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Is Eating Eggs as Bad as Smoking?


For years whole eggs with the yolk had a pretty villainous reputation for being cholesterol bombs and an omelet was dubbed a heart attack on a plate. But recently whole eggs have earned a bit of a health halo, making lists with titles like ‘bad foods that are actually good for you’ or ‘surprisingly healthy foods.’ The shift from red light to green light status was largely due to new research, which indicated that eggs really aren’t so bad for your heart, along with studies about the health benefits of a few key nutrients only found in the yolk (more on this below). But a brand new study from the University of Western Ontario has scrambled the issue, generating headlines like, 'Eggs Back on the Naughty List.'

In a nutshell researchers looked at data from just over 1,200 older men and women (mean age 61.5) who were patients at a London hospital. Using ultrasound, scientists were able to measure build-up in the patients’ arteries. They were also asked to fill out questionnaires about their lifestyles, which included smoking habits and the number of egg yolks consumed per week. Researchers found that artery health worsened significantly in heavy smokers and those who reported eating three or more yolks a week. The trouble is, there’s so much this research doesn’t tell us.

First it’s not exact data. It’s an estimate based on asking people to recall what they’ve eaten. And there’s a whole lot we don’t know about the people who ate more eggs, like what else were they eating, and how did they prepare those eggs, info that may very well be responsible for the artery impact. Even the study’s author admits that there are other factors, which could have affected the outcome that weren’t looked at, such as physical activity level. Perhaps heavy egg eaters are less active. Bottom line: this may be a clue but it’s no smoking gun.

When you look at the overall body of research on eggs, there’s a lot of good news. A University of Connecticut study found that when egg and bagel breakfasts contained an identical number of calories, those who ate eggs reported feeling less hungry and more satisfied for up to three hours and naturally consumed fewer calories later in the day. Another study published in the International Journal of Obesity found that eating eggs for breakfast as part of a reduced-calorie diet helped overweight dieters lose 65 percent more weight and feel more energized than those who ate a bagel breakfast with an equal number of calories and an identical volume. And a third bagel versus egg breakfast study found that after eight weeks, egg eaters lost almost twice as much weight, and had an 83 percent greater decrease in their waistlines, compared to the bagel group.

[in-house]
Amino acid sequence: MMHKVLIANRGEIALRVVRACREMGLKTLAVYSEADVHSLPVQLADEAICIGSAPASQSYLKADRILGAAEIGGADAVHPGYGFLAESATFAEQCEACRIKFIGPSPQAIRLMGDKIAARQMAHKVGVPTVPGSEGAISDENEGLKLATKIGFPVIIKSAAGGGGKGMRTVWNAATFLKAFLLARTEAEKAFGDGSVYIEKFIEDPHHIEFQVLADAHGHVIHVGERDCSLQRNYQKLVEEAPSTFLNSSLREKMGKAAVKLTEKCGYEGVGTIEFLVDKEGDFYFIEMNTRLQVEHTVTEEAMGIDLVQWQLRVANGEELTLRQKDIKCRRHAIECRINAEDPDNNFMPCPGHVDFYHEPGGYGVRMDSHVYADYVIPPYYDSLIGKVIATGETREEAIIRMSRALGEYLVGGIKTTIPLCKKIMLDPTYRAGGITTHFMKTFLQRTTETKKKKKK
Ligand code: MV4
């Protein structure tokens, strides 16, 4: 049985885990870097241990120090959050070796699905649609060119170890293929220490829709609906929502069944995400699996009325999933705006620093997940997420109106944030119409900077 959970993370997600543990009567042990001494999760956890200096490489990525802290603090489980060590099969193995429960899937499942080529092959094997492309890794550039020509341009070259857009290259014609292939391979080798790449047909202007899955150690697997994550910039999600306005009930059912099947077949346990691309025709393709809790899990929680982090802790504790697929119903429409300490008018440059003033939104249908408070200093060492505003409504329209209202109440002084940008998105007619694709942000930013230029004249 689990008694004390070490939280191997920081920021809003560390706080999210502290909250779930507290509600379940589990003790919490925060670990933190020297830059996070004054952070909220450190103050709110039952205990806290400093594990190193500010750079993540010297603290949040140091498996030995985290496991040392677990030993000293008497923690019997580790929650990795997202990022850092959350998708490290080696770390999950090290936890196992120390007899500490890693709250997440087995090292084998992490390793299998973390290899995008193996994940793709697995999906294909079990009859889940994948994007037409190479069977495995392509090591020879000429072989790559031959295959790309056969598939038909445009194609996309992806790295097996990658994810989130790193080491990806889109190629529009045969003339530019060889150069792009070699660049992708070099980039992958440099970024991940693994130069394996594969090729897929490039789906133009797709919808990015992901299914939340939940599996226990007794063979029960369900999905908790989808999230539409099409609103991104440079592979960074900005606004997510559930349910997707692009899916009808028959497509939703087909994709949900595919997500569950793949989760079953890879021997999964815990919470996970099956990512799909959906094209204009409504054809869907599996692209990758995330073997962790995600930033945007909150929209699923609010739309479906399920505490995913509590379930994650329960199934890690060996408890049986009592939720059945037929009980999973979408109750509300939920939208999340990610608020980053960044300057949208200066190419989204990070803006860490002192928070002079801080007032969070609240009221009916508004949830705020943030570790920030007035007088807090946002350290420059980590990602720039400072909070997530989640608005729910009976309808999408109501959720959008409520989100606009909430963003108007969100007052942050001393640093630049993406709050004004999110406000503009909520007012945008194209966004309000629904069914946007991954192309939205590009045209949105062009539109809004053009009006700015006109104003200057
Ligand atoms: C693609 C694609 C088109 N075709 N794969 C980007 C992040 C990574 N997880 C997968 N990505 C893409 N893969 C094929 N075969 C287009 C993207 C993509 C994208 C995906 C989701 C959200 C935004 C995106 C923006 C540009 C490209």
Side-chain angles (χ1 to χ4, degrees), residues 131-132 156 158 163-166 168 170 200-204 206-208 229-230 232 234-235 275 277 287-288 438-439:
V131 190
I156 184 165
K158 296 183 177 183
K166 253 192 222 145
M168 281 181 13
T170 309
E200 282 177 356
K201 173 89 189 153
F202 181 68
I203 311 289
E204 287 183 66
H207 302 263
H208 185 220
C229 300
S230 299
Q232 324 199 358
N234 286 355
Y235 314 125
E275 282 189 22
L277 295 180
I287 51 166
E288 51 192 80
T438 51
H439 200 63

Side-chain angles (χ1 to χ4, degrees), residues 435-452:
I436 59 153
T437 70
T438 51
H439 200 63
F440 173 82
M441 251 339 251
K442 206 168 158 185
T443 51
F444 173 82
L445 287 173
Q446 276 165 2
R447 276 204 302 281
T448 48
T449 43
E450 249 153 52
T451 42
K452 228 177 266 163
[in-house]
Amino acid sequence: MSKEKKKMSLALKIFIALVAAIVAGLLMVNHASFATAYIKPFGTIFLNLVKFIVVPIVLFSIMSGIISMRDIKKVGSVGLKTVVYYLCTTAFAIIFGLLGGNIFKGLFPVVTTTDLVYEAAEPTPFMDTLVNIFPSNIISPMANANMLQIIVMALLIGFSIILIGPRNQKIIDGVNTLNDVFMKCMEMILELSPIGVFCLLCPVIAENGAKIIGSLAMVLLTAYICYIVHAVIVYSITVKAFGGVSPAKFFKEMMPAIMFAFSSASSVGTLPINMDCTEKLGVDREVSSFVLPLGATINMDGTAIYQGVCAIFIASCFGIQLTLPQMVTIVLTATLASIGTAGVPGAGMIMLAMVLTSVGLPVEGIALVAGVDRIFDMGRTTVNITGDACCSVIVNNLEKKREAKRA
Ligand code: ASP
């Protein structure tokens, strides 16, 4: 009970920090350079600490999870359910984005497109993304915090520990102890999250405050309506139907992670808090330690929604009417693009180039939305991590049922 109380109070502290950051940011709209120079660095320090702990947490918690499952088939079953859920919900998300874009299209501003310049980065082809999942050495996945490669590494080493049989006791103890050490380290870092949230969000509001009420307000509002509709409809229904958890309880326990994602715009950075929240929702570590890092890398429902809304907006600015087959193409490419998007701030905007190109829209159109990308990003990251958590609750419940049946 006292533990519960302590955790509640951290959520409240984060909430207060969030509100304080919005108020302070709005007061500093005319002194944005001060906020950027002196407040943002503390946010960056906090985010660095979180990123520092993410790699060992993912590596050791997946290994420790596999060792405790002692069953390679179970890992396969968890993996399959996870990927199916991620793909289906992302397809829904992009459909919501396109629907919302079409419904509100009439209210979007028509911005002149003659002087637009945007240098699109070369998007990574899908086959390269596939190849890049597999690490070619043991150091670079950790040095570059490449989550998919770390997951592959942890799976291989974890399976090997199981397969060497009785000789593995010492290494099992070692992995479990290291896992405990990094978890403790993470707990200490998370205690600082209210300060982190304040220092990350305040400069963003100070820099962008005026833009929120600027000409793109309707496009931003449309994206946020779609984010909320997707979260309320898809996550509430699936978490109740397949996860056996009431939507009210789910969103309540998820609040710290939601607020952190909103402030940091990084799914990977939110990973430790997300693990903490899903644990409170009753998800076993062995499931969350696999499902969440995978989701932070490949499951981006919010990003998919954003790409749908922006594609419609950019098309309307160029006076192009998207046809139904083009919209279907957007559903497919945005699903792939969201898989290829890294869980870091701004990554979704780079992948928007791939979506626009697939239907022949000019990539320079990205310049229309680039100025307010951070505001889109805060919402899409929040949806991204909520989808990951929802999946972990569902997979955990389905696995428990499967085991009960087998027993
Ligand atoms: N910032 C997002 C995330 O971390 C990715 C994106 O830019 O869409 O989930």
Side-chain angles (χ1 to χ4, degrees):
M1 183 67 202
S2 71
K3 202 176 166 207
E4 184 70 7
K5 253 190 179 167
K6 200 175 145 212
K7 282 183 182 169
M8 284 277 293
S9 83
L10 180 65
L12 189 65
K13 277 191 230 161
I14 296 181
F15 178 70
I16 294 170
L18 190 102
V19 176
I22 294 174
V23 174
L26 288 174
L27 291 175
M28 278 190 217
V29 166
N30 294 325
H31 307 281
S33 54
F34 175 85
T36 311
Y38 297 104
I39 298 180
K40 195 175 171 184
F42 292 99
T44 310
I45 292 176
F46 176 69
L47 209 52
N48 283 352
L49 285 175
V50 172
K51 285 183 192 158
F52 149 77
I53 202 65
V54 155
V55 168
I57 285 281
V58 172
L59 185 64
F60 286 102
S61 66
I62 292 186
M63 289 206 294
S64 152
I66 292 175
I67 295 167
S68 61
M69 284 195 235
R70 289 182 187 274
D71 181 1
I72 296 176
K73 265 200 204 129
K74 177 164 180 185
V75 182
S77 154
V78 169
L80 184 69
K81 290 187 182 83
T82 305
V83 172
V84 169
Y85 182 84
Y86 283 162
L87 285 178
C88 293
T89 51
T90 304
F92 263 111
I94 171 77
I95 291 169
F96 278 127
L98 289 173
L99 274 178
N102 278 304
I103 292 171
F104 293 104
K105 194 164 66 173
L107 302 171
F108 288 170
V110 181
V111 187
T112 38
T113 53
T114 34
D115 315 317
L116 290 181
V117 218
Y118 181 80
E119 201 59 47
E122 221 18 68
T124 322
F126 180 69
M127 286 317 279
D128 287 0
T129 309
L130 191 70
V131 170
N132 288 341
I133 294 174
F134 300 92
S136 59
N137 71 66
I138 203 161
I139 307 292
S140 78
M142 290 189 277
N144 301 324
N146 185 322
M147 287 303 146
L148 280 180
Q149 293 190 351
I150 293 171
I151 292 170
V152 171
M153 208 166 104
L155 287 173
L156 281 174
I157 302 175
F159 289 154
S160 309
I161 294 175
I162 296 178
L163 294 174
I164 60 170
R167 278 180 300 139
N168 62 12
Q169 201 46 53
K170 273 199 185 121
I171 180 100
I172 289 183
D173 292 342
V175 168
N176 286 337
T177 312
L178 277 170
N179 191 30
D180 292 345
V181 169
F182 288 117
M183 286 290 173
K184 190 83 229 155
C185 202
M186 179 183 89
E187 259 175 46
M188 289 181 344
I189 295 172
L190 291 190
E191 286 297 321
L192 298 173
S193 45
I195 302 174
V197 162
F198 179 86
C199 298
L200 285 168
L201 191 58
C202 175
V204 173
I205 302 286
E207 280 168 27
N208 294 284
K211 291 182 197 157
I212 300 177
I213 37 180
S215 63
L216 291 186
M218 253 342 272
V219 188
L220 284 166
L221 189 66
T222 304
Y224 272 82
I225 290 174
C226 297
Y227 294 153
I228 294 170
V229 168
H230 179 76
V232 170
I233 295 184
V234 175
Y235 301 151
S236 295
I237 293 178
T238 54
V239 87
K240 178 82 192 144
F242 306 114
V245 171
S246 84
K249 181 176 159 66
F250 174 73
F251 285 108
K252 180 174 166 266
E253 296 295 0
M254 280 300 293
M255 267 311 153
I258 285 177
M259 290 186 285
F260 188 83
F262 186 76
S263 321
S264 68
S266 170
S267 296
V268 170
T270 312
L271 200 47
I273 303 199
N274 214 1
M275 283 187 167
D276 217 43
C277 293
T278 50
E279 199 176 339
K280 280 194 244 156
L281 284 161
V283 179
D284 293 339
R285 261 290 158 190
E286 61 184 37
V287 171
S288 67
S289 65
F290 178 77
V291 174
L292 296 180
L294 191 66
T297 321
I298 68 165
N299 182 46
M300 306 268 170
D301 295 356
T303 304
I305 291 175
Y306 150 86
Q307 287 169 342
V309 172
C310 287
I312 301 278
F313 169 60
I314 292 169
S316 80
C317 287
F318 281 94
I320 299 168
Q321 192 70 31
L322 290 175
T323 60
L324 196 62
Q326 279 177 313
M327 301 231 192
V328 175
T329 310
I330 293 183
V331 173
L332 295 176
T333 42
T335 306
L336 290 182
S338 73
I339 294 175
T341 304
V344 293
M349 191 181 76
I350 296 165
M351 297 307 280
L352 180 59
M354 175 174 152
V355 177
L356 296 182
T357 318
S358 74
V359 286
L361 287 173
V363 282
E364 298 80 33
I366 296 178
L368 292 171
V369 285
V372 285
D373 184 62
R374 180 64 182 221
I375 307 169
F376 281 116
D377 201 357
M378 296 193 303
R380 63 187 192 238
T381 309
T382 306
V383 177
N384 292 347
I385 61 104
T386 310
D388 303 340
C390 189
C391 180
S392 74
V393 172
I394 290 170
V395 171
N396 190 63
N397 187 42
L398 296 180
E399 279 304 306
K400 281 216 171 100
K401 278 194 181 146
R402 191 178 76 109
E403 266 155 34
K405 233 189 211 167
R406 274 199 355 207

As for heart health, these studies found no significant differences in subjects’ blood cholesterol levels. That’s not surprising because newer research has confirmed that saturated fat in the diet, not cholesterol, is what influences blood cholesterol levels the most. While whole eggs are high in cholesterol, they’re low in saturated fat. One large egg contains just 1.5 grams, compared to three grams in a cup of two percent milk or seven grams in a tablespoon of butter.

Plus, egg yolks contain some important nutrients that aren’t found in the whites, including vitamin D (check out my previous post about this sunshine vitamin and weight loss) and choline. If you’re not familiar with the latter, choline is a nutrient needed to produce each of your body’s cell membranes, as well as help support brain health, muscle control, and memory. Choline also quells inflammation, a known trigger of premature aging and disease, and some research shows it helps break down fat deposits in the body.

For these reasons and more I included organic whole eggs as one of only five foods that make up the 5 Day Fast Forward in my newest book S.A.S.S! Yourself Slim. In this solid food “detox” the same four meals are consumed every day for five days, made from combinations of just five foods (eggs, spinach, almonds, raspberries, and yogurt), which I chose for their high nutrient levels, healthy balance of “good” carbs, lean protein, and healthful fat, and proven ability to support hunger free weight loss. After the detox ends I also included organic eggs in the book’s long-term plan, like the Cranberry Pesto Spread Dip and Berry Almond French Toast (note there's also a vegan version of the plan).

So if you’re an egg fan, and especially if you’ve recently added whole eggs back into your diet, don’t let this study derail you. Just be sure to go organic, and enjoy eggs “in rotation” with other lean proteins like lentils and seafood, along with fruits, veggies, whole grains, and “good” fats. It’s that pattern of your diet (e.g. an organic egg with a bowl of oats topped with berries, almonds, and cinnamon versus an egg alongside sausage and buttered white toast or a stack of syrupy pancakes) that matters most.

What’s your take on this topic? Are you confused about eggs and other foods that seem to flip-flop from bad to good? Please tweet @cynthiasass and @Shape_Magazine.    

Cynthia Sass is a registered dietitian with master's degrees in both nutrition science and public health. Frequently seen on national TV, she's a SHAPE contributing editor and nutrition consultant to the New York Rangers and Tampa Bay Rays. Her latest New York Times best seller is S.A.S.S! Yourself Slim: Conquer Cravings, Drop Pounds and Lose Inches.


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